Mammoth Cave also prepares travelers with cognitive or intellectual disabilities for what they can expect underground, such as total darkness during a lights-out experience or claustrophobia inside a dark, crowded space.

Morning in Great Sand Dunes National Park in Southwest Colorado
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Great Sand Dunes National Park and Preserve

Sand is a huge barrier to accessibility, which is why this national park in Colorado lets visitors reserve balloon-tire wheelchairs to explore its namesake sandy hills. The chairs are not powered, so riders need a strong helper to push them through the dry sand in many parts of the park (the firm, wet sand along Medano Creek requires less effort).

Wheelchair users and visitors with low mobility can also take advantage of the park’s free ranger programs, including regular nighttime talks about stars (Great Sand Dunes is famous for its dark sky) that take place in the accessible amphitheater. If stargazing is your favorite camping activity, don’t miss this.

About the experts

  • Jeremy Buzzell is the manager of the Park Accessibility for Visitors and Employees Program with the National Park Service.
  • Kimberly Selinske is the accessibility coordinator for Death Valley National Park.
  • Kathy Tuckerman is the track chair co-program manager with Friends of Sleeping Bear Dunes.


  • NPS: “America the Beautiful-The National Parks and Federal Recreational Lands Access Pass”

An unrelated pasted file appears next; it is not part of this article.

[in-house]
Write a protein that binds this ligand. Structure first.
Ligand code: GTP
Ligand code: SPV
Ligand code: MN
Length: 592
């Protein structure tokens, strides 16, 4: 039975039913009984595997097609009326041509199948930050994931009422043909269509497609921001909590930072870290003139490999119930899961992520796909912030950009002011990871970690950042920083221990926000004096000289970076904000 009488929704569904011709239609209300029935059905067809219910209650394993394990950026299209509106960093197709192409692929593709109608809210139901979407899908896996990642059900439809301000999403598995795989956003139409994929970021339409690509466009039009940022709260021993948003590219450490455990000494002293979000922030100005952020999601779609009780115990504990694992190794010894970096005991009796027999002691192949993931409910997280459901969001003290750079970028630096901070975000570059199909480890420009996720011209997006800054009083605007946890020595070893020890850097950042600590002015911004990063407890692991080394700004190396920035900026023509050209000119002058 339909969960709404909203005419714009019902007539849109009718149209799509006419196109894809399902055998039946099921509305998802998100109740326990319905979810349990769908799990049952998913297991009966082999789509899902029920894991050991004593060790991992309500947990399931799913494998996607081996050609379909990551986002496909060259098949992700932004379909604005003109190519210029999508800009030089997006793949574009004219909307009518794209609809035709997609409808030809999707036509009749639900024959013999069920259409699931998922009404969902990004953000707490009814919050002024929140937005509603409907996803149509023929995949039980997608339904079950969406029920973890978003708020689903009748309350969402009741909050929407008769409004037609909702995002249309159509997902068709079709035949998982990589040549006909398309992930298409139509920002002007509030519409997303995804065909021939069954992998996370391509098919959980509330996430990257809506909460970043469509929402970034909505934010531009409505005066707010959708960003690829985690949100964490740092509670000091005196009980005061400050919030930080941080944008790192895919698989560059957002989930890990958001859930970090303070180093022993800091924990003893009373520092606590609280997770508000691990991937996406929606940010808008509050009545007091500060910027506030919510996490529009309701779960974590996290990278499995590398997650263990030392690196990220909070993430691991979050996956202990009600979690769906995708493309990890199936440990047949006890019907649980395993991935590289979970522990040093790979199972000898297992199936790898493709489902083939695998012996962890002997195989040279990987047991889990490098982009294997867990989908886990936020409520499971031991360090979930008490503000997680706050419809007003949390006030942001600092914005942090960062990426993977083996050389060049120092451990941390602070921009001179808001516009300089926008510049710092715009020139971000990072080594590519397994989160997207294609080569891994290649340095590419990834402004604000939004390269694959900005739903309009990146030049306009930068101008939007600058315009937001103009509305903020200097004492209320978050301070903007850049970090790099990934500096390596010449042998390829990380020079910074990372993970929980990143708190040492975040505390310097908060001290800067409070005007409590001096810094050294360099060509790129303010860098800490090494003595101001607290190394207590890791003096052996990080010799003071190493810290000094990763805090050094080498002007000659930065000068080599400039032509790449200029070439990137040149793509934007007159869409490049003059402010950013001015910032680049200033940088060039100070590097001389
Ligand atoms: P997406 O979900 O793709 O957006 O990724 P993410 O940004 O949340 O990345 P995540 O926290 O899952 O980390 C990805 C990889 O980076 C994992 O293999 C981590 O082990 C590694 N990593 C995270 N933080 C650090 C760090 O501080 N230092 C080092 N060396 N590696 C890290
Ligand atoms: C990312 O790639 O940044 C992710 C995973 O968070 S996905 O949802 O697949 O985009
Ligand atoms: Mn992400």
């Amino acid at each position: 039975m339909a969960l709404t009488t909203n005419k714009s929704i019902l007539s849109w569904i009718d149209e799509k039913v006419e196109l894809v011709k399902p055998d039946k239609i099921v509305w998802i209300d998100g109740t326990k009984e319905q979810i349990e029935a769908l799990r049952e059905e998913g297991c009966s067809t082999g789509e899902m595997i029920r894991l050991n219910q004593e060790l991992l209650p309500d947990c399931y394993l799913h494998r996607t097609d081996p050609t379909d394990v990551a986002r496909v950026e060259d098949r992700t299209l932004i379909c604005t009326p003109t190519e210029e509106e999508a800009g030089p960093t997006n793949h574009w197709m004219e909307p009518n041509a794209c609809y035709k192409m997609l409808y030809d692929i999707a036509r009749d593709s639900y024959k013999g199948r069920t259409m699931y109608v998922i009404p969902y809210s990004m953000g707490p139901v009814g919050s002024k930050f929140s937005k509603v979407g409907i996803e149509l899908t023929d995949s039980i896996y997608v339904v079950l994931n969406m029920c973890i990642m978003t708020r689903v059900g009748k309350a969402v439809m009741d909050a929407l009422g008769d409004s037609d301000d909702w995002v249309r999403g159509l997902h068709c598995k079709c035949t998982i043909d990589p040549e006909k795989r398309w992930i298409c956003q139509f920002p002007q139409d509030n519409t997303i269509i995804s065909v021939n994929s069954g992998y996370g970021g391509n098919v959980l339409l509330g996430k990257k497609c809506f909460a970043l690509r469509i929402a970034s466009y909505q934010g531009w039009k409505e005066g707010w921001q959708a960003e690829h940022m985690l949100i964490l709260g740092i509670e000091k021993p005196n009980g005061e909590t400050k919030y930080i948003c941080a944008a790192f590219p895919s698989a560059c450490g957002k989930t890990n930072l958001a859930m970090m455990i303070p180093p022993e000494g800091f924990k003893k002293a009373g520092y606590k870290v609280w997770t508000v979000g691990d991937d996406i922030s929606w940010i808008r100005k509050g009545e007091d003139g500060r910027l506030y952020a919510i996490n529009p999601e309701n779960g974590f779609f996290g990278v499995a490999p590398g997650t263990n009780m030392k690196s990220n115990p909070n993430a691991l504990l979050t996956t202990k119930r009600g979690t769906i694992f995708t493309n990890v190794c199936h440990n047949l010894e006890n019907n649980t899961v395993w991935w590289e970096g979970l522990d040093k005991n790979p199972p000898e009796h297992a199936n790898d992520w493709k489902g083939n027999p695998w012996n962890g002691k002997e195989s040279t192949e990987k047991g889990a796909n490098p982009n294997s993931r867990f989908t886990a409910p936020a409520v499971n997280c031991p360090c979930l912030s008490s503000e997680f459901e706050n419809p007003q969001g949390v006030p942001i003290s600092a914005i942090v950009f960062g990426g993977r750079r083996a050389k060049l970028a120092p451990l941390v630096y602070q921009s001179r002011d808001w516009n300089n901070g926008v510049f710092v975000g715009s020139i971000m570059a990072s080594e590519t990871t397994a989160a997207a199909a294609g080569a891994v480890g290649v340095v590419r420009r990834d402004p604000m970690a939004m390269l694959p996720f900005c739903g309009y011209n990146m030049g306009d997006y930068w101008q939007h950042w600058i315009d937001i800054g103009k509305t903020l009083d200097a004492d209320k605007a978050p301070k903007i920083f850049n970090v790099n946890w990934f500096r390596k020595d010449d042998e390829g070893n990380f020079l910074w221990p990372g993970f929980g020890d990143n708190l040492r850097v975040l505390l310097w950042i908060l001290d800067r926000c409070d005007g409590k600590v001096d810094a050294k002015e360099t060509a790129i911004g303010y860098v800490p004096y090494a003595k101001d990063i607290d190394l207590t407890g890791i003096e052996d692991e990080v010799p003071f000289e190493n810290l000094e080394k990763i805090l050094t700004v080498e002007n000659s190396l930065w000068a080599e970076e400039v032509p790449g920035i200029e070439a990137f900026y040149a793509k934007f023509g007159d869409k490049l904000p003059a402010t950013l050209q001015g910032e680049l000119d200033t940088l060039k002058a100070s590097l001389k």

• University of Nebraska: “The Effect of Outdoor Environment on Attention and Self-Regulation Behaviors on a Child with Autism”
  • International Journal of Environmental Research and Public Health: “Health-Promoting Nature Access for People with Mobility Impairments: A Systematic Review”
  • NPS: “Our Commitment to Accessibility”
  • Visit Visalia: “Local Certified Autism Centers”
  • NPS: “Big Thicket National Preserve Accessibility”
  • Aging in Place: “Accessible Adventures”
  • NPS: “Yellowstone National Park Accessibility”
  • NPS: “Sleeping Bear Dunes National Lakeshore Accessibility”
  • NPS: “Yosemite National Park Accessibility”
  • NPS: “Bridalveil Fall Rehabilitation Project”
  • NPS: “Mammoth Cave National Park Accessibility”
  • NPS: “Mammoth Cave National Park Cave Tours”
  • NPS: “Great Sand Dunes National Park and Preserve Accessibility”
  • NPS: “Great Sand Dunes National Park and Preserve Ranger Programs”